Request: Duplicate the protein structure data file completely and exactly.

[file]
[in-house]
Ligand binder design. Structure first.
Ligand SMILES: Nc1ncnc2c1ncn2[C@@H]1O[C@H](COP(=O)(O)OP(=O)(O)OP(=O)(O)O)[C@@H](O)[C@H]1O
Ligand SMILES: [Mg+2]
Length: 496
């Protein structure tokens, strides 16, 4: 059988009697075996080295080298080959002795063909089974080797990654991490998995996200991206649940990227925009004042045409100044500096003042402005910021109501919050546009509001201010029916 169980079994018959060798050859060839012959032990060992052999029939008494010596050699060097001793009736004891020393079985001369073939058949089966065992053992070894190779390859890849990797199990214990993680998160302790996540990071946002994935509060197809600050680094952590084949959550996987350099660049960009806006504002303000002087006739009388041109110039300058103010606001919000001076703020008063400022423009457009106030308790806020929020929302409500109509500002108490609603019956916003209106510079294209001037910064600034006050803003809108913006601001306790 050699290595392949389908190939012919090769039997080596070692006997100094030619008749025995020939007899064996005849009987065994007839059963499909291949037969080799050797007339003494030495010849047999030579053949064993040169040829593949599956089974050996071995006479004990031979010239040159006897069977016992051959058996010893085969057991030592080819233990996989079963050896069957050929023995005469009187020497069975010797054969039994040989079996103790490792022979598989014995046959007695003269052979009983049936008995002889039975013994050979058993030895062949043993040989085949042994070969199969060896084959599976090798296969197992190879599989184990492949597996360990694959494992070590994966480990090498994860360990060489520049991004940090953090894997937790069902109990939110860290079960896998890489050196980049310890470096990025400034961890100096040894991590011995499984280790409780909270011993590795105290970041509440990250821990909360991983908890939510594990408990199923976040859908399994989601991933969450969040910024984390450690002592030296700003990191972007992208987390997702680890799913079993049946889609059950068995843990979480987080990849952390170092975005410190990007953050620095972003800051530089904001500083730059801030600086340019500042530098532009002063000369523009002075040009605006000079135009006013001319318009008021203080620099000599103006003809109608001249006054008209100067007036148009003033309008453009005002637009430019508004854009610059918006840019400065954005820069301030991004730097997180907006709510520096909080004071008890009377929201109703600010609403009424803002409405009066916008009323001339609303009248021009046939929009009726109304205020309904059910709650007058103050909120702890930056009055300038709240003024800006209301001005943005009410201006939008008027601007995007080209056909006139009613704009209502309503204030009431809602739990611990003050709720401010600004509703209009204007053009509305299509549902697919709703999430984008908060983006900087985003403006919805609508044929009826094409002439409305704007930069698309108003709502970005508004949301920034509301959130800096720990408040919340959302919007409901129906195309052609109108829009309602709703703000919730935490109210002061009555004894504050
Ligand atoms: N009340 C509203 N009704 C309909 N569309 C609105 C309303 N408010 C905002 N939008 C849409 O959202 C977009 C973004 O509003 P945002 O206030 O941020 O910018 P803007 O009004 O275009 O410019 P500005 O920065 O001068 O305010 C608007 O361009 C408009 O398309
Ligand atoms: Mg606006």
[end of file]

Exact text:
[in-house]
Ligand binder design. Structure first.
Ligand SMILES: Nc1ncnc2c1ncn2[C@@H]1O[C@H](COP(=O)(O)OP(=O)(O)OP(=O)(O)O)[C@@H](O)[C@H]1O
Ligand SMILES: [Mg+2]
Length: 496
């Protein structure tokens, strides 16, 4: 059988009697075996080295080298080959002795063909089974080797990654991490998995996200991206649940990227925009004042045409100044500096003042402005910021109501919050546009509001201010029916 169980079994018959060798050859060839012959032990060992052999029939008494010596050699060097001793009736004891020393079985001369073939058949089966065992053992070894190779390859890849990797199990214990993680998160302790996540990071946002994935509060197809600050680094952590084949959550996987350099660049960009806006504002303000002087006739009388041109110039300058103010606001919000001076703020008063400022423009457009106030308790806020929020929302409500109509500002108490609603019956916003209106510079294209001037910064600034006050803003809108913006601001306790 050699290595392949389908190939012919090769039997080596070692006997100094030619008749025995020939007899064996005849009987065994007839059963499909291949037969080799050797007339003494030495010849047999030579053949064993040169040829593949599956089974050996071995006479004990031979010239040159006897069977016992051959058996010893085969057991030592080819233990996989079963050896069957050929023995005469009187020497069975010797054969039994040989079996103790490792022979598989014995046959007695003269052979009983049936008995002889039975013994050979058993030895062949043993040989085949042994070969199969060896084959599976090798296969197992190879599989184990492949597996360990694959494992070590994966480990090498994860360990060489520049991004940090953090894997937790069902109990939110860290079960896998890489050196980049310890470096990025400034961890100096040894991590011995499984280790409780909270011993590795105290970041509440990250821990909360991983908890939510594990408990199923976040859908399994989601991933969450969040910024984390450690002592030296700003990191972007992208987390997702680890799913079993049946889609059950068995843990979480987080990849952390170092975005410190990007953050620095972003800051530089904001500083730059801030600086340019500042530098532009002063000369523009002075040009605006000079135009006013001319318009008021203080620099000599103006003809109608001249006054008209100067007036148009003033309008453009005002637009430019508004854009610059918006840019400065954005820069301030991004730097997180907006709510520096909080004071008890009377929201109703600010609403009424803002409405009066916008009323001339609303009248021009046939929009009726109304205020309904059910709650007058103050909120702890930056009055300038709240003024800006209301001005943005009410201006939008008027601007995007080209056909006139009613704009209502309503204030009431809602739990611990003050709720401010600004509703209009204007053009509305299509549902697919709703999430984008908060983006900087985003403006919805609508044929009826094409002439409305704007930069698309108003709502970005508004949301920034509301959130800096720990408040919340959302919007409901129906195309052609109108829009309602709703703000919730935490109210002061009555004894504050
Ligand atoms: N009340 C509203 N009704 C309909 N569309 C609105 C309303 N408010 C905002 N939008 C849409 O959202 C977009 C973004 O509003 P945002 O206030 O941020 O910018 P803007 O009004 O275009 O410019 P500005 O920065 O001068 O305010 C608007 O361009 C408009 O398309
Ligand atoms: Mg606006």